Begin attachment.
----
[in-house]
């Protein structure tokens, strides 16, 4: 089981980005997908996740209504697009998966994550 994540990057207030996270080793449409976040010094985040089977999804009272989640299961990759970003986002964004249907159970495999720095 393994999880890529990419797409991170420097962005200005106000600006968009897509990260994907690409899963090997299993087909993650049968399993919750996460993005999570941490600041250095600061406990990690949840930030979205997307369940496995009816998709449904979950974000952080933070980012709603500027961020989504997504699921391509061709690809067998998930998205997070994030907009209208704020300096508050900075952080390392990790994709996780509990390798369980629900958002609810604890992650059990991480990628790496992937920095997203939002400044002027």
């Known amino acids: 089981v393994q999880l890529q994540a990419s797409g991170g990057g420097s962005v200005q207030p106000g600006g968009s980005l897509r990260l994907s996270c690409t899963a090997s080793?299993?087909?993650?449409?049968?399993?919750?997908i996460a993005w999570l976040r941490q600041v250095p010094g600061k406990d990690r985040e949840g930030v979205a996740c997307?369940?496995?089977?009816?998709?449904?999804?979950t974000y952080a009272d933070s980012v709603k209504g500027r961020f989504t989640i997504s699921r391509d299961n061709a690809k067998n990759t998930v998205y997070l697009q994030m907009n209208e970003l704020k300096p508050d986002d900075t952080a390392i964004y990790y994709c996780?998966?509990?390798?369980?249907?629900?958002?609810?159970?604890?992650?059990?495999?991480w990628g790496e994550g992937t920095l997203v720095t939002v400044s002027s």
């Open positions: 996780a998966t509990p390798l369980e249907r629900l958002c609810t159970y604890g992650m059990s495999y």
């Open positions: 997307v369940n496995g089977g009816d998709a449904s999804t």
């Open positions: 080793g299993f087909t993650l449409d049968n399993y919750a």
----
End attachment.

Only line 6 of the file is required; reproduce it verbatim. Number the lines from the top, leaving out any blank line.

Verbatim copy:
């Open positions: 080793g299993f087909t993650l449409d049968n399993y919750a």